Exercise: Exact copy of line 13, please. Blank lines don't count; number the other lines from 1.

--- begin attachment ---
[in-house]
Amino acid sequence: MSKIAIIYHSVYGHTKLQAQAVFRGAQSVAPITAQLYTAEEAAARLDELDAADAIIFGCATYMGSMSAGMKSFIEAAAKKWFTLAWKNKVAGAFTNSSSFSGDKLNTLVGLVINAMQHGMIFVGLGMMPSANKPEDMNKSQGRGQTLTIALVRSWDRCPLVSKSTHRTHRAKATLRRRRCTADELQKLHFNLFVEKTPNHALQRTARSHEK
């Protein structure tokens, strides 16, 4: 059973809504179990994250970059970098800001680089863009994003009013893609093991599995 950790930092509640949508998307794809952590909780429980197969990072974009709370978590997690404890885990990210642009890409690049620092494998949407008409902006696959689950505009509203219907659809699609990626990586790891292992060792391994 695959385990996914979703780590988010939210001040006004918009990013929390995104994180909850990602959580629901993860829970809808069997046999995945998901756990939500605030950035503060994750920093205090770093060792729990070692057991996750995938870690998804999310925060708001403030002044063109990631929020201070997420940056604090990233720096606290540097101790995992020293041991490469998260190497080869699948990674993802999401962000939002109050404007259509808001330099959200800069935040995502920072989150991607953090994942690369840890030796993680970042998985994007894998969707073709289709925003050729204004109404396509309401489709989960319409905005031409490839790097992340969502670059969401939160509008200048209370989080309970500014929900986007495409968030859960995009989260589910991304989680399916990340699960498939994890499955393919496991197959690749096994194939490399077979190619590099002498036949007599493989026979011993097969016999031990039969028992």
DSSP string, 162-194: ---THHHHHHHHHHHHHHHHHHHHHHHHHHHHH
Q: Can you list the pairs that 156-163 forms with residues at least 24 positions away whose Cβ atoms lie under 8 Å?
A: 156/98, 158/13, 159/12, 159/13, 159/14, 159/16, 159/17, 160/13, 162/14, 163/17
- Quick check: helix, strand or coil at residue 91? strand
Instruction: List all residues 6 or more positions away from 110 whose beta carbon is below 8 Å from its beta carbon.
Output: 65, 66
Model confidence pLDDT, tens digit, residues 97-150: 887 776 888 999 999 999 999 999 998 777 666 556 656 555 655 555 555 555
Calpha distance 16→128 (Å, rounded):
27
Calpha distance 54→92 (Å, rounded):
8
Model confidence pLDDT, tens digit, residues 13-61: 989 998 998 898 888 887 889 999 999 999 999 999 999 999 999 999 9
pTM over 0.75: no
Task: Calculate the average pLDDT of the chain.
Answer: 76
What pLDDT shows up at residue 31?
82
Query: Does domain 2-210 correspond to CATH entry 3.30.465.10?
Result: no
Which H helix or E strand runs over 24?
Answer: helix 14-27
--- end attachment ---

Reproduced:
Calpha distance 54→92 (Å, rounded):